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    Africa’s Education Deficit: Too Little Access, Not Enough Learning

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    Africa’s Education Deficit: Too Little Access, Not Enough Learning

    Author: Abdisamad Yusuf Mohamud

    Africa’s education crisis seldom makes media headlines or summit agendas, which explains why this needs to change. With one-in-three children still out of school, progress towards universal primary education has stalled. Meanwhile, learning levels among children who are in school are abysmal. Using a newly developed learning estimate, 61 million African children will reach adolescence lacking even the most basic literacy and numeracy skills. If the learning gap is not addressed, a whole generation will be deprived of opportunities to develop their potential and rise out of poverty.And it will undermine the prospect of dynamic growth with shared prosperity.

    If you want a glimpse into Africa’s education crisis, there is no better vantage point than the town of Mogadishu, Drop into one of the local primary schools and you’ll typically find more than 50 students crammed into a class. Just a few will have textbooks. If the teacher is there, and they are often absent, the children will be on the receiving end of a monotone recitation geared towards rote learning.

    Not that there is much learning going on. According to one recent survey, 80 percent of grade 3 students in African schools could not read a single word.They have gone through three years of zero-value-added schooling. Mind you, the kids in the classrooms are the lucky ones, especially if they are girls. Over half of the state’s primary school-age children are out of school—and most of the students have some of the world’s biggest gender gaps in education. Just a handful of the kids have any chance of making it through to secondary education.

    The ultimate aim of any education system is to equip children with the numeracy, literacy, and wider skills that they need to realize their potential—and that their countries need to generate jobs, innovation, and economic growth.

    The schools are a microcosm of a wider crisis in Africa’s education. After taking some rapid strides towards universal primary education after 2000, progress has stalled. Out-of-school numbers are on the rise – and the gulf in educational opportunity separating Africa from the rest of the world is widening. That gulf is not just about enrollment and years in school; it is also about learning. The ultimate aim of any education system is to equip children with the numeracy, literacy, and wider skills that they need to realize their potential—and that their countries need to generate jobs, innovation, and economic growth. From South Korea to Singapore and China, economic success has been built on the foundations of learning achievement. And far too many of Africa’s children are not learning, even if they are in school.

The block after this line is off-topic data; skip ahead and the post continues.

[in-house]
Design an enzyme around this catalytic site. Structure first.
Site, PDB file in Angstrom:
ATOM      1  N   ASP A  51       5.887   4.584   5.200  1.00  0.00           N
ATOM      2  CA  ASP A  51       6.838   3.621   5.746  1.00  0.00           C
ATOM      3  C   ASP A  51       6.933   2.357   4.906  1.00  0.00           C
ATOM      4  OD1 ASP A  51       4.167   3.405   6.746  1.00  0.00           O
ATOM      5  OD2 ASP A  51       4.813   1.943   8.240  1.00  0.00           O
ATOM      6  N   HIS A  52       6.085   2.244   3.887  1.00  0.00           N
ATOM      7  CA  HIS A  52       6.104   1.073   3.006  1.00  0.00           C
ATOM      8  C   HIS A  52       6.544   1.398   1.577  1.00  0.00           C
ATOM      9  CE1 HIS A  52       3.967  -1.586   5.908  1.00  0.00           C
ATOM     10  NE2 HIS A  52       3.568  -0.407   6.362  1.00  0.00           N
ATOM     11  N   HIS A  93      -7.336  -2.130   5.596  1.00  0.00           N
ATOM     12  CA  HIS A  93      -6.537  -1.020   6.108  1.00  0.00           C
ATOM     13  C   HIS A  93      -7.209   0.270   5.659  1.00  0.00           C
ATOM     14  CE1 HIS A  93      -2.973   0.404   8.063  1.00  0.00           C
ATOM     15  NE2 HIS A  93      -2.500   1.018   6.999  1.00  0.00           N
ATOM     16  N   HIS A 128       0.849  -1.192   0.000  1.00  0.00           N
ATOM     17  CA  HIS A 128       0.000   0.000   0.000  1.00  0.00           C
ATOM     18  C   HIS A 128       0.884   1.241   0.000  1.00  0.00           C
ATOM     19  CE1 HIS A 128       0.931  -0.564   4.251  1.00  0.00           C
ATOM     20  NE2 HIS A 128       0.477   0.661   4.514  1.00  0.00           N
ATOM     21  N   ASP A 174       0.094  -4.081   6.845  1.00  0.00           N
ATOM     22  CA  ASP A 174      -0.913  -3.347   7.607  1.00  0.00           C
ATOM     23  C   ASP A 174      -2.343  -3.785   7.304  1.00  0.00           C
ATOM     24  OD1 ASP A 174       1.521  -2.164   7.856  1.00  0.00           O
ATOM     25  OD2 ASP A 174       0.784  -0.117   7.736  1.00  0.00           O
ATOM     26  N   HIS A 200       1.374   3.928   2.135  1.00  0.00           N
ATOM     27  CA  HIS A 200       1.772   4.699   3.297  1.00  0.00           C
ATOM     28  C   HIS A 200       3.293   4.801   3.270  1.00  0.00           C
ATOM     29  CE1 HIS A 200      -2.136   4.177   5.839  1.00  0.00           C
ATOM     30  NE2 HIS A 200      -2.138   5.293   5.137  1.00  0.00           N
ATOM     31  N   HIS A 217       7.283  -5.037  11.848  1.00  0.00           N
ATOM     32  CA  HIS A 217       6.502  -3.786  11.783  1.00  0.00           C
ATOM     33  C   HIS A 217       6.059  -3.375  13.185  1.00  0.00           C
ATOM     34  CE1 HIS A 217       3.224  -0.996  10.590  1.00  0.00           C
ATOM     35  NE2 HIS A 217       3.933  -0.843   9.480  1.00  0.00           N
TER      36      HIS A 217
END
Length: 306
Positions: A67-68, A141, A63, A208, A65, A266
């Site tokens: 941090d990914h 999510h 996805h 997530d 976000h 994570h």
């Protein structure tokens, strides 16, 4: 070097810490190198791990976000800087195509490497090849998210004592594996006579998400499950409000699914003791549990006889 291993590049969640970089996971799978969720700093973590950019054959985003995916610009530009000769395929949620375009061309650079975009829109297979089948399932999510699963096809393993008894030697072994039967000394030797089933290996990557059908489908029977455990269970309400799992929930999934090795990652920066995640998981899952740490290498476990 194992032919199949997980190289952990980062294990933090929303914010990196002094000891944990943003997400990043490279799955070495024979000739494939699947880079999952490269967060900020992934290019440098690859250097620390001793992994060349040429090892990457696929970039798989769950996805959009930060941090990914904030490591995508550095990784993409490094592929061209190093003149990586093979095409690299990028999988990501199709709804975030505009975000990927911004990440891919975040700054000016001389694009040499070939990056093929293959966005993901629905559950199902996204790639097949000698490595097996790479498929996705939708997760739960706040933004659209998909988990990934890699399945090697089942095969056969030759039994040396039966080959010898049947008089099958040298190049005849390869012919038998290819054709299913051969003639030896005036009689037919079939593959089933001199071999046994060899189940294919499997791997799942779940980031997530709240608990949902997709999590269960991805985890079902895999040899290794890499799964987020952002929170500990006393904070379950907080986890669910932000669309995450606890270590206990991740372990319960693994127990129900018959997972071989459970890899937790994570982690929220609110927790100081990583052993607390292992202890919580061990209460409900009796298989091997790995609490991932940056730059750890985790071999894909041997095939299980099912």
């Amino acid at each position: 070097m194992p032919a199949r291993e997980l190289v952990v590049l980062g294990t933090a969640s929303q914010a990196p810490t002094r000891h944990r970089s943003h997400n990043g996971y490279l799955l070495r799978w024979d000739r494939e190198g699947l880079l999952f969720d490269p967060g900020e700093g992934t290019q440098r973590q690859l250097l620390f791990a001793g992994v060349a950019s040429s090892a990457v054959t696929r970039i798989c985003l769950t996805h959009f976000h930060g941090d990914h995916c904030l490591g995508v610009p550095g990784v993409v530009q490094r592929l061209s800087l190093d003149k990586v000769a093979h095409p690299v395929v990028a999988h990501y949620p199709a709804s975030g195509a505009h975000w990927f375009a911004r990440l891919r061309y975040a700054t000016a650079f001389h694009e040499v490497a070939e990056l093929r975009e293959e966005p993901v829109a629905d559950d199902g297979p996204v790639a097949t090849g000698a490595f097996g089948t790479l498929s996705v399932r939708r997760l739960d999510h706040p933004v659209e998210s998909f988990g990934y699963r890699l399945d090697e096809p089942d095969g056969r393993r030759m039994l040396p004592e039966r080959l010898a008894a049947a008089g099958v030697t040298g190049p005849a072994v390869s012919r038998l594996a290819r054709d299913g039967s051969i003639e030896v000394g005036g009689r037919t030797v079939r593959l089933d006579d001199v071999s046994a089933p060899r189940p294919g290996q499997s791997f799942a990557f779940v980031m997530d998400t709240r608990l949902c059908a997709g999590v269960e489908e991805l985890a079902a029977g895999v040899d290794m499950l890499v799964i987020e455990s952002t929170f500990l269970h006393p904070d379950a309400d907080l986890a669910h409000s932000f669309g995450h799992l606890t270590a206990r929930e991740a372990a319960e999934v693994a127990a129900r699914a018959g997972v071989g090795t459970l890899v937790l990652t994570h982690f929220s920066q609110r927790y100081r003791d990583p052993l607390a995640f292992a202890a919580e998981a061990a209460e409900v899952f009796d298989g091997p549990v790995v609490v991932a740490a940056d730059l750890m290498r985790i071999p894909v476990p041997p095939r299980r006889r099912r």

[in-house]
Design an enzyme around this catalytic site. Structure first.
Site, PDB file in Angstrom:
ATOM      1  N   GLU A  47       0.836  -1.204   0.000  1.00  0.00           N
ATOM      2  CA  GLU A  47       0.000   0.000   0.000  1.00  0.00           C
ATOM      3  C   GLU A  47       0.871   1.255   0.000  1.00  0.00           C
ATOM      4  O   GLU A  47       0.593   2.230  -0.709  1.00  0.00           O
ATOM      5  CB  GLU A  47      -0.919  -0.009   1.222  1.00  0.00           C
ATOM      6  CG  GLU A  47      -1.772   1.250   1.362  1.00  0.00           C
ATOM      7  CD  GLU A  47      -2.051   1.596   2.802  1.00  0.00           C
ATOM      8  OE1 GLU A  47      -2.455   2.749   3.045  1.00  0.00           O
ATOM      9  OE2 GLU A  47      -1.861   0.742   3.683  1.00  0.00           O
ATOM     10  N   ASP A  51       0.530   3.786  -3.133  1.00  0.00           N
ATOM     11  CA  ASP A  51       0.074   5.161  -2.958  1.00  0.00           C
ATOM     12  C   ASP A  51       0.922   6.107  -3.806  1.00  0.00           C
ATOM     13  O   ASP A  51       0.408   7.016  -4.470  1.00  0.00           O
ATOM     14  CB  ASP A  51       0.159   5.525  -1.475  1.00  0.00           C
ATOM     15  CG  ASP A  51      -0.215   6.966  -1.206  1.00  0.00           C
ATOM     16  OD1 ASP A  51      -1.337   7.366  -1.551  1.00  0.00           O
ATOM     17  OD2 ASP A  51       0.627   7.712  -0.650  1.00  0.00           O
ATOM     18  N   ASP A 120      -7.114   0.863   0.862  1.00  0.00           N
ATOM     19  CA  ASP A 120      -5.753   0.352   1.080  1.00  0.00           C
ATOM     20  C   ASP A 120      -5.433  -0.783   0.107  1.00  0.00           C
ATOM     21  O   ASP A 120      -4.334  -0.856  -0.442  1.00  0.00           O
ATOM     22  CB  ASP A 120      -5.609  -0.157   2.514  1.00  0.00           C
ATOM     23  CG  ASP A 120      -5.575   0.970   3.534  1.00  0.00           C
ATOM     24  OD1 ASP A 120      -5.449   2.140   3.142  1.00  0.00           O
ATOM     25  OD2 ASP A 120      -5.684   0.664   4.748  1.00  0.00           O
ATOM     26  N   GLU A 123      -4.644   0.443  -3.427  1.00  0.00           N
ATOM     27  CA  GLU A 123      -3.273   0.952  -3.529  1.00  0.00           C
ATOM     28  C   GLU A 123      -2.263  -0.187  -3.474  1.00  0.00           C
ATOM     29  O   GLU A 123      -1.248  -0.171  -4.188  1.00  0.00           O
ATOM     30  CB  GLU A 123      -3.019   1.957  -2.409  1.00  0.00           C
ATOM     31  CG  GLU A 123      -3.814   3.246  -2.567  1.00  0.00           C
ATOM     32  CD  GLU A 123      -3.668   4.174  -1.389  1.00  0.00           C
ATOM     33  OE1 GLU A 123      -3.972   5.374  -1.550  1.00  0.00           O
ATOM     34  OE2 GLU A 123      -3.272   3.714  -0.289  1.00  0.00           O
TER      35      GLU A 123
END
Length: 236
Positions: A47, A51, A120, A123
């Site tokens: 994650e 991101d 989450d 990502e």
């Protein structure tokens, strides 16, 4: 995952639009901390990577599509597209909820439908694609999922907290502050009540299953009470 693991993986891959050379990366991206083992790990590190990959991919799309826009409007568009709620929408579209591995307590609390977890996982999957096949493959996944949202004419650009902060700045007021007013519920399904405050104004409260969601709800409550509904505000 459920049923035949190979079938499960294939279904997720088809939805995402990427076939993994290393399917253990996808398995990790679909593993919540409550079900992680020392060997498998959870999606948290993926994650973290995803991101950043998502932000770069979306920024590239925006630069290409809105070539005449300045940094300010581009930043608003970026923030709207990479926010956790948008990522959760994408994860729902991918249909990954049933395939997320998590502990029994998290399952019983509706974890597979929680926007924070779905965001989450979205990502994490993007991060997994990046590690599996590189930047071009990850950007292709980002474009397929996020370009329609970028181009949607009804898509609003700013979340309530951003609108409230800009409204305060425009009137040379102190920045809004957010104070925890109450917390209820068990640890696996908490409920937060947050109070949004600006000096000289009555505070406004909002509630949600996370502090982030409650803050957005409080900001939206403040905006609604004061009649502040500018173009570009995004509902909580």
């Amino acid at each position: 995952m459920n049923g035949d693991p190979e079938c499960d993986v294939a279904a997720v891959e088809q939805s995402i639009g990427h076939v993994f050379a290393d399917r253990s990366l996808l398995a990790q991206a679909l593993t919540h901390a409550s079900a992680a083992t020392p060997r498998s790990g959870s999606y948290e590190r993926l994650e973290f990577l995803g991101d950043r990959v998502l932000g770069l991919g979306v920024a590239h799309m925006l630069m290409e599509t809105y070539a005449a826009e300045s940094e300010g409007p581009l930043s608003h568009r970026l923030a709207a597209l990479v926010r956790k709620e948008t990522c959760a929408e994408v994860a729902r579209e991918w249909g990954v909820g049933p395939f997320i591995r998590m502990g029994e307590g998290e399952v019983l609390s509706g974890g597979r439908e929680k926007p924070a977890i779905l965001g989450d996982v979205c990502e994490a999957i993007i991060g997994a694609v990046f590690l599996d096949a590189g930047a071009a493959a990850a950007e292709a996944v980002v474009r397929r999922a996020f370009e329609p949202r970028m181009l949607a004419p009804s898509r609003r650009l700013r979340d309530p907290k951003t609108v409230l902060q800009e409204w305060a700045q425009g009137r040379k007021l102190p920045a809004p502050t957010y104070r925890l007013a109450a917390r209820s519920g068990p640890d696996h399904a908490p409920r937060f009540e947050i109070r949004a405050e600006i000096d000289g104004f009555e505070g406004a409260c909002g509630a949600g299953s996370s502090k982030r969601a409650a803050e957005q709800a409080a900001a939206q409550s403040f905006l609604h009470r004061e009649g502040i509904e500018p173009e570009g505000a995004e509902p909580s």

This is Africa’s Learning Barometer survey, which takes a hard look at the available evidence. In what is the first region-wide assessment of the state of learning, the survey estimates that 61 million children of primary school age – one-in-every-two across the region – will reach their adolescent years unable to read, write, or perform basic numeracy tasks. Perhaps the most shocking finding, however, is that over half of these children will have spent at least four years in the education system.

    Africa’s education crisis does not make media headlines. Children don’t go hungry for lack of textbooks, good teachers, or a chance to learn. But this is a crisis that carries high costs. It is consigning a whole generation of children and young people to a future of poverty, insecurity, and unemployment. It is starving firms of the skills that are the life-blood of enterprise and innovation. And it is undermining prospects for sustained economic growth in the world’s poorest region.

    Tackling the crisis in education will require national and international action on two fronts: governments need to get children into school—and they need to ensure that children get something meaningful from their time in the classroom. Put differently, they need to close the twin deficits in access and learning.

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